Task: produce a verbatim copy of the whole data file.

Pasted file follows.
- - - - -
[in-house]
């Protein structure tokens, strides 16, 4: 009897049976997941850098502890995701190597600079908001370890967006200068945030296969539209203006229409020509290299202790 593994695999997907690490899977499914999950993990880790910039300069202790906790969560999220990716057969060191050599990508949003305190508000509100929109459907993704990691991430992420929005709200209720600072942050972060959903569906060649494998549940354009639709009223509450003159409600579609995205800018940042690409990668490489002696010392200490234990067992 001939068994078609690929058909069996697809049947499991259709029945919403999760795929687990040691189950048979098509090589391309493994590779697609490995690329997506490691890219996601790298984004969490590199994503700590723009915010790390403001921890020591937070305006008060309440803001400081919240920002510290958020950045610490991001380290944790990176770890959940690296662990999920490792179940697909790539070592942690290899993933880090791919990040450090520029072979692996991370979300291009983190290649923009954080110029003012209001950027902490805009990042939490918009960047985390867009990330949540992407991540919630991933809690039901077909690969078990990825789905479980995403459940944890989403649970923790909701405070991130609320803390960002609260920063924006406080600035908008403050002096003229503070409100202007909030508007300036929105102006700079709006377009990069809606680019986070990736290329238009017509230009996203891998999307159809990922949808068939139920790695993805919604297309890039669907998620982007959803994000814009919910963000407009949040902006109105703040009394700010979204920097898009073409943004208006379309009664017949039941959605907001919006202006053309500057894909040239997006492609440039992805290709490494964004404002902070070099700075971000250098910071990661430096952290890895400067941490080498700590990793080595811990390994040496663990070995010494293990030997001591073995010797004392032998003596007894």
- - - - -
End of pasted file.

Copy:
[in-house]
């Protein structure tokens, strides 16, 4: 009897049976997941850098502890995701190597600079908001370890967006200068945030296969539209203006229409020509290299202790 593994695999997907690490899977499914999950993990880790910039300069202790906790969560999220990716057969060191050599990508949003305190508000509100929109459907993704990691991430992420929005709200209720600072942050972060959903569906060649494998549940354009639709009223509450003159409600579609995205800018940042690409990668490489002696010392200490234990067992 001939068994078609690929058909069996697809049947499991259709029945919403999760795929687990040691189950048979098509090589391309493994590779697609490995690329997506490691890219996601790298984004969490590199994503700590723009915010790390403001921890020591937070305006008060309440803001400081919240920002510290958020950045610490991001380290944790990176770890959940690296662990999920490792179940697909790539070592942690290899993933880090791919990040450090520029072979692996991370979300291009983190290649923009954080110029003012209001950027902490805009990042939490918009960047985390867009990330949540992407991540919630991933809690039901077909690969078990990825789905479980995403459940944890989403649970923790909701405070991130609320803390960002609260920063924006406080600035908008403050002096003229503070409100202007909030508007300036929105102006700079709006377009990069809606680019986070990736290329238009017509230009996203891998999307159809990922949808068939139920790695993805919604297309890039669907998620982007959803994000814009919910963000407009949040902006109105703040009394700010979204920097898009073409943004208006379309009664017949039941959605907001919006202006053309500057894909040239997006492609440039992805290709490494964004404002902070070099700075971000250098910071990661430096952290890895400067941490080498700590990793080595811990390994040496663990070995010494293990030997001591073995010797004392032998003596007894």